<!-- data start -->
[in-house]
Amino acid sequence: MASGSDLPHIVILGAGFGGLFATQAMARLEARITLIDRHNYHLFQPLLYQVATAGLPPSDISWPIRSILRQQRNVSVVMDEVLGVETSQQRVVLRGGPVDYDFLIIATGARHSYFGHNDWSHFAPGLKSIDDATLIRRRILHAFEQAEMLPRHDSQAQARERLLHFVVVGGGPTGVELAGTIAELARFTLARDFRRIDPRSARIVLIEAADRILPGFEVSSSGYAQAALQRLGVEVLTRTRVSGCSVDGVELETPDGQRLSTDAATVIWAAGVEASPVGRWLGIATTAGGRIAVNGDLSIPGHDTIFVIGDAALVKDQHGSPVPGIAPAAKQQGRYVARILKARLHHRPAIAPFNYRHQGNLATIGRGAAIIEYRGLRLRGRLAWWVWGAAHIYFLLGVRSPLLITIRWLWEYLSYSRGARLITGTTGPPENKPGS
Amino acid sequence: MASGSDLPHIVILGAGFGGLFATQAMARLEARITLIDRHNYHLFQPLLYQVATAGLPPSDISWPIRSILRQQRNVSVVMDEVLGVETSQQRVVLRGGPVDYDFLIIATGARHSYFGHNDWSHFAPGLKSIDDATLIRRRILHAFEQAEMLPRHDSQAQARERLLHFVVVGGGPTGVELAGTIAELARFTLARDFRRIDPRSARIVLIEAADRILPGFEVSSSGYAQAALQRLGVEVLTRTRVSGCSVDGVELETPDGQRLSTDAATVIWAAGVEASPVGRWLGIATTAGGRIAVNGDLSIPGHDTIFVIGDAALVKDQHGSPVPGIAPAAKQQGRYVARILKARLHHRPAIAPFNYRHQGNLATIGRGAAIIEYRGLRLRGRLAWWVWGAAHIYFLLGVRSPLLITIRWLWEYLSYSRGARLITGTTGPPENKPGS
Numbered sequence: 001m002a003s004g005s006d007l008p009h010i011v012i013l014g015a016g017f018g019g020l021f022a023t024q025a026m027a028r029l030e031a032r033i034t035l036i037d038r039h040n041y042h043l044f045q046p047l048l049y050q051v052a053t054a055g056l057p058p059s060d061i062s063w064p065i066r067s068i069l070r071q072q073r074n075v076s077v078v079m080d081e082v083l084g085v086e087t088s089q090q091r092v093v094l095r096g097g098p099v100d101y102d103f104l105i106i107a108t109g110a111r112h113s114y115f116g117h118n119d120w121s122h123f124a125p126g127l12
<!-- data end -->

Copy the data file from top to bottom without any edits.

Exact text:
[in-house]
Amino acid sequence: MASGSDLPHIVILGAGFGGLFATQAMARLEARITLIDRHNYHLFQPLLYQVATAGLPPSDISWPIRSILRQQRNVSVVMDEVLGVETSQQRVVLRGGPVDYDFLIIATGARHSYFGHNDWSHFAPGLKSIDDATLIRRRILHAFEQAEMLPRHDSQAQARERLLHFVVVGGGPTGVELAGTIAELARFTLARDFRRIDPRSARIVLIEAADRILPGFEVSSSGYAQAALQRLGVEVLTRTRVSGCSVDGVELETPDGQRLSTDAATVIWAAGVEASPVGRWLGIATTAGGRIAVNGDLSIPGHDTIFVIGDAALVKDQHGSPVPGIAPAAKQQGRYVARILKARLHHRPAIAPFNYRHQGNLATIGRGAAIIEYRGLRLRGRLAWWVWGAAHIYFLLGVRSPLLITIRWLWEYLSYSRGARLITGTTGPPENKPGS
Amino acid sequence: MASGSDLPHIVILGAGFGGLFATQAMARLEARITLIDRHNYHLFQPLLYQVATAGLPPSDISWPIRSILRQQRNVSVVMDEVLGVETSQQRVVLRGGPVDYDFLIIATGARHSYFGHNDWSHFAPGLKSIDDATLIRRRILHAFEQAEMLPRHDSQAQARERLLHFVVVGGGPTGVELAGTIAELARFTLARDFRRIDPRSARIVLIEAADRILPGFEVSSSGYAQAALQRLGVEVLTRTRVSGCSVDGVELETPDGQRLSTDAATVIWAAGVEASPVGRWLGIATTAGGRIAVNGDLSIPGHDTIFVIGDAALVKDQHGSPVPGIAPAAKQQGRYVARILKARLHHRPAIAPFNYRHQGNLATIGRGAAIIEYRGLRLRGRLAWWVWGAAHIYFLLGVRSPLLITIRWLWEYLSYSRGARLITGTTGPPENKPGS
Numbered sequence: 001m002a003s004g005s006d007l008p009h010i011v012i013l014g015a016g017f018g019g020l021f022a023t024q025a026m027a028r029l030e031a032r033i034t035l036i037d038r039h040n041y042h043l044f045q046p047l048l049y050q051v052a053t054a055g056l057p058p059s060d061i062s063w064p065i066r067s068i069l070r071q072q073r074n075v076s077v078v079m080d081e082v083l084g085v086e087t088s089q090q091r092v093v094l095r096g097g098p099v100d101y102d103f104l105i106i107a108t109g110a111r112h113s114y115f116g117h118n119d120w121s122h123f124a125p126g127l12